Bus fares could change during day to attract passengers to quiet services – First Glasgow
Variable bus fares that could be reduced at quieter times are being considered by one of Scotland’s biggest bus operators.
First Glasgow said the move within the next two years to so-called airline pricing was part of its efforts to increase the number of passengers using its services.
However, some industry sources feared that varying ticket prices between different services could also be used to increase peak hour fares by stealth.
The plan would use First’s new “tap-on tap-off” technology where passengers pay by tapping their card or phone on a sensor when boarding and alighting from the bus rather than having to ask the driver for a specific fare.
It follows inter-city coach operator Flixbus introducing such pricing, which enables passengers to travel at bargain fares at less popular times.
First Bus Scotland managing director Duncan Cameron said it heavily relied on such technology to make bus travel easier and more attractive.
He told a Glasgow Talks event organised by Glasgow Chamber of Commerce: "The tap-on tap-off readers we have installed are very similar to the way Oyster works in London, which speeds up the transaction.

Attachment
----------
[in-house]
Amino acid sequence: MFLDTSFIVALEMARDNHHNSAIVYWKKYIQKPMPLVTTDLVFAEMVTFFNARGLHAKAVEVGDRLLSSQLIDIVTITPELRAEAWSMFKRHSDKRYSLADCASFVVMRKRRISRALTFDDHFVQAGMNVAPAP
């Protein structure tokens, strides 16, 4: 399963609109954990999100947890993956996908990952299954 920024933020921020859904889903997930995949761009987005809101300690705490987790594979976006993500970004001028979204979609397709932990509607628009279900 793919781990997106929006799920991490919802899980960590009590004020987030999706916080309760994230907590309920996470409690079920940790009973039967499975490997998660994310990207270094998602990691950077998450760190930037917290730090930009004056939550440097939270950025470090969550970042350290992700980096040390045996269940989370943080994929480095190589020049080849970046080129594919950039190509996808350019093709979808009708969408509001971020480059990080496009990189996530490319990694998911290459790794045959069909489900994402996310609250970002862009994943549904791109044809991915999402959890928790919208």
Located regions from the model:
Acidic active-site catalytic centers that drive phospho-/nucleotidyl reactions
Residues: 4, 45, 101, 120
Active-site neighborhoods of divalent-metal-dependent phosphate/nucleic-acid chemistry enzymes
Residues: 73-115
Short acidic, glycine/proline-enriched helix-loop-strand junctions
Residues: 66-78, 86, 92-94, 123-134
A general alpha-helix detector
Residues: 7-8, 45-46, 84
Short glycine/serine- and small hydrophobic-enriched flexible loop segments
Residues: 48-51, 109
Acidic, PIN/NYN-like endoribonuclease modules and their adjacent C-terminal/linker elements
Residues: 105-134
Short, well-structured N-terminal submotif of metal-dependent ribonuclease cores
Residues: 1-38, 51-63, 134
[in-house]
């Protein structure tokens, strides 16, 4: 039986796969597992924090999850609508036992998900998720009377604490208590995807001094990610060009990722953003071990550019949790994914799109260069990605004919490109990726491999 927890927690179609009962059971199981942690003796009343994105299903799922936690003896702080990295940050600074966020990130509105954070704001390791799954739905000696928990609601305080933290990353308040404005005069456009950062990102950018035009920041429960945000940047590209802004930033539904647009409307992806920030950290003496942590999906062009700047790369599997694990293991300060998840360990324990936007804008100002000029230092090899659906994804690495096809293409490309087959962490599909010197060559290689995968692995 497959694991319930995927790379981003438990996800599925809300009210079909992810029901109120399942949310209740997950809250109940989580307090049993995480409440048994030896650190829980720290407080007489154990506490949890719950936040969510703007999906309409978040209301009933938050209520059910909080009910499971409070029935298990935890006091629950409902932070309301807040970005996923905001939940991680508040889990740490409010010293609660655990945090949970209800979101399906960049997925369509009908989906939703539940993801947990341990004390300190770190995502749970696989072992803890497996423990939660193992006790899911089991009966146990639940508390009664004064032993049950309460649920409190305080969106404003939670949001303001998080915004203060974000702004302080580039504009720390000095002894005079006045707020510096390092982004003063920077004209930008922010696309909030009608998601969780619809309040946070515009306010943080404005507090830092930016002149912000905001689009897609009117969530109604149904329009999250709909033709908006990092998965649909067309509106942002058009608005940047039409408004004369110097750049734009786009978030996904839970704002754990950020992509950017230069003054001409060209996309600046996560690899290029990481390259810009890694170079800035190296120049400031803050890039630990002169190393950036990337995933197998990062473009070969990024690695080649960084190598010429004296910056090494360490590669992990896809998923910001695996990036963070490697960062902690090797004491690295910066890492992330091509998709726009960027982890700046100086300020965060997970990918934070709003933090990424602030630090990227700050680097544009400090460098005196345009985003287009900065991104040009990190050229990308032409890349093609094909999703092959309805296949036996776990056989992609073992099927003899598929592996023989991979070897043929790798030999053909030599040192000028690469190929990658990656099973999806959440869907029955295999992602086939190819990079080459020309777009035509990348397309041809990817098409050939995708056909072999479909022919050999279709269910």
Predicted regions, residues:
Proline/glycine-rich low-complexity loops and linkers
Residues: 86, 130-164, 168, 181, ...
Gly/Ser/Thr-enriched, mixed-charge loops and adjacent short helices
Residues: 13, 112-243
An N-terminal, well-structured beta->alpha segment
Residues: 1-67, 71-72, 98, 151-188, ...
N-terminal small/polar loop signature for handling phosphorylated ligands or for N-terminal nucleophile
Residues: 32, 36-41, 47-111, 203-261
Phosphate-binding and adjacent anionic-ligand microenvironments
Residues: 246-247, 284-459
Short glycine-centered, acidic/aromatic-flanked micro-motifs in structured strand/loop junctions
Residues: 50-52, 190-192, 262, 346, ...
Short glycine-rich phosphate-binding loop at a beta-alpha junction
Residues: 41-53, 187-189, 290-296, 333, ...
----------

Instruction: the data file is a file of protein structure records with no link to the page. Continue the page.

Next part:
“You don’t need to know the fare in advance, you just need to know that you’re being capped at the best value, so that you have that confidence.
"It also gives us a bit more agility. As this develops, rather than simply standard fares, we may well get to the stage where we can move to an airline pricing model, where [for] that free capacity, the price can be changed very quickly because it’s digitised.
"It’s conceptual at this stage and something we want to develop now we have the technology.”
Mr Cameron said tap-on tap off enable First to know passengers’ exact journeys for the first time. He said: "It is going to give us a real opportunity to understand specific passenger demands, which then allows us to tailor services accordingly.”
On Friday, Flixbus was selling one-way tickets from Glasgow to Dundee for £3.99 for its 9.45pm service today compared to £16.99 for the 2.15pm service. On its Edinburgh-Aberdeen route, tickets for the 10.10am service today were £5.99 compared to £23.99 for the 6.10pm coach.
FlixBus UK managing director Andreas Schorling said: “Being a travel tech company, we have developed pricing technology which enables us to offer tickets starting from just £2.49, while remaining operationally cost effective.
“Our pricing algorithm considers metrics including time of booking and available seats, and our technology matches passengers with suitable price points."
Rivals Scottish Citylink said: “We have no plans to adjust our approach to pricing, however we do offer discounted advance return fares across most of our network when booking more than two days in advance.”
But one industry source said: “Is it a way to grow use by offering discounts at quiet times or is it regarded as charging a premium at busy times?”
McGill’s Bus Group chief executive Ralph Roberts was also sceptical. He said: “It is a solution looking for a problem and not an easy customer proposition or message in terms of certainty of cost, which is what people are looking for.”
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